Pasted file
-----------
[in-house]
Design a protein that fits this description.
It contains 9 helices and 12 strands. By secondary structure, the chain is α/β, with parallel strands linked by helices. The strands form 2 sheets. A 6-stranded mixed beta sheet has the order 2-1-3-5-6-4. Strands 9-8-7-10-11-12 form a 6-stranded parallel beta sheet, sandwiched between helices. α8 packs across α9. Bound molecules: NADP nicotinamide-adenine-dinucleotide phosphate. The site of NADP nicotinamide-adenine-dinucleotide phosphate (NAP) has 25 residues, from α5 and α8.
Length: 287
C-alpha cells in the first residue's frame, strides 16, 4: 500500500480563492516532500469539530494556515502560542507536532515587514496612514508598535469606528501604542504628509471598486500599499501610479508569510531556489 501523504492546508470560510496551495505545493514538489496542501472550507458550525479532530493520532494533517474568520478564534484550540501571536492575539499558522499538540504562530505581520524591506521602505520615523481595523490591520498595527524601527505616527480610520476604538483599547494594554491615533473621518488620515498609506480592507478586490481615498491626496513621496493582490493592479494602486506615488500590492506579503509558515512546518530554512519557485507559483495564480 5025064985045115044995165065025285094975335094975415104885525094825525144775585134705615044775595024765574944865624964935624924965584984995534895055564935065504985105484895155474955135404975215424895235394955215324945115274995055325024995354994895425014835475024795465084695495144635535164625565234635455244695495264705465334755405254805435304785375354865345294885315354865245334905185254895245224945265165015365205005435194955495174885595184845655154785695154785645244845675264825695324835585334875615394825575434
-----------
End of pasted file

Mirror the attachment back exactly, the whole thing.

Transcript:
[in-house]
Design a protein that fits this description.
It contains 9 helices and 12 strands. By secondary structure, the chain is α/β, with parallel strands linked by helices. The strands form 2 sheets. A 6-stranded mixed beta sheet has the order 2-1-3-5-6-4. Strands 9-8-7-10-11-12 form a 6-stranded parallel beta sheet, sandwiched between helices. α8 packs across α9. Bound molecules: NADP nicotinamide-adenine-dinucleotide phosphate. The site of NADP nicotinamide-adenine-dinucleotide phosphate (NAP) has 25 residues, from α5 and α8.
Length: 287
C-alpha cells in the first residue's frame, strides 16, 4: 500500500480563492516532500469539530494556515502560542507536532515587514496612514508598535469606528501604542504628509471598486500599499501610479508569510531556489 501523504492546508470560510496551495505545493514538489496542501472550507458550525479532530493520532494533517474568520478564534484550540501571536492575539499558522499538540504562530505581520524591506521602505520615523481595523490591520498595527524601527505616527480610520476604538483599547494594554491615533473621518488620515498609506480592507478586490481615498491626496513621496493582490493592479494602486506615488500590492506579503509558515512546518530554512519557485507559483495564480 5025064985045115044995165065025285094975335094975415104885525094825525144775585134705615044775595024765574944865624964935624924965584984995534895055564935065504985105484895155474955135404975215424895235394955215324945115274995055325024995354994895425014835475024795465084695495144635535164625565234635455244695495264705465334755405254805435304785375354865345294885315354865245334905185254895245224945265165015365205005435194955495174885595184845655154785695154785645244845675264825695324835585334875615394825575434